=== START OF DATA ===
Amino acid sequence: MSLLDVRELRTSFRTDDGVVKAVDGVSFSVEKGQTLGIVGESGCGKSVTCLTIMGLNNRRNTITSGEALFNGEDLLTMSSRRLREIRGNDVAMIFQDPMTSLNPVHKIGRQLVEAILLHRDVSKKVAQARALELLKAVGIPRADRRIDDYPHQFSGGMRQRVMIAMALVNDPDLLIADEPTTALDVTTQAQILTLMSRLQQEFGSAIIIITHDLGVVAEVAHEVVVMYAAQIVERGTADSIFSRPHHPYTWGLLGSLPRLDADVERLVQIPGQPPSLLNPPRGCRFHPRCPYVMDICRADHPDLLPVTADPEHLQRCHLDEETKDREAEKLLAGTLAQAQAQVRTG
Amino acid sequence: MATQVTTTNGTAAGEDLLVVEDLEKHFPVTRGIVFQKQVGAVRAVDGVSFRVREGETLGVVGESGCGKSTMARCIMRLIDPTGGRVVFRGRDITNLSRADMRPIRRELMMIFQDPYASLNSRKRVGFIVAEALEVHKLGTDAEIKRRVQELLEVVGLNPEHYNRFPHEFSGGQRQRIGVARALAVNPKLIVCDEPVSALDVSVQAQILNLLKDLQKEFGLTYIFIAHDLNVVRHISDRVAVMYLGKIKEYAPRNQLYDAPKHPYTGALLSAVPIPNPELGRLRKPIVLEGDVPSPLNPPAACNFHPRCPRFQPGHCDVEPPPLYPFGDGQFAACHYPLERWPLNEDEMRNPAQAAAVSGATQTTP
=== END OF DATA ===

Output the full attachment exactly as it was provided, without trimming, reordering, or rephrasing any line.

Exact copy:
Amino acid sequence: MSLLDVRELRTSFRTDDGVVKAVDGVSFSVEKGQTLGIVGESGCGKSVTCLTIMGLNNRRNTITSGEALFNGEDLLTMSSRRLREIRGNDVAMIFQDPMTSLNPVHKIGRQLVEAILLHRDVSKKVAQARALELLKAVGIPRADRRIDDYPHQFSGGMRQRVMIAMALVNDPDLLIADEPTTALDVTTQAQILTLMSRLQQEFGSAIIIITHDLGVVAEVAHEVVVMYAAQIVERGTADSIFSRPHHPYTWGLLGSLPRLDADVERLVQIPGQPPSLLNPPRGCRFHPRCPYVMDICRADHPDLLPVTADPEHLQRCHLDEETKDREAEKLLAGTLAQAQAQVRTG
Amino acid sequence: MATQVTTTNGTAAGEDLLVVEDLEKHFPVTRGIVFQKQVGAVRAVDGVSFRVREGETLGVVGESGCGKSTMARCIMRLIDPTGGRVVFRGRDITNLSRADMRPIRRELMMIFQDPYASLNSRKRVGFIVAEALEVHKLGTDAEIKRRVQELLEVVGLNPEHYNRFPHEFSGGQRQRIGVARALAVNPKLIVCDEPVSALDVSVQAQILNLLKDLQKEFGLTYIFIAHDLNVVRHISDRVAVMYLGKIKEYAPRNQLYDAPKHPYTGALLSAVPIPNPELGRLRKPIVLEGDVPSPLNPPAACNFHPRCPRFQPGHCDVEPPPLYPFGDGQFAACHYPLERWPLNEDEMRNPAQAAAVSGATQTTP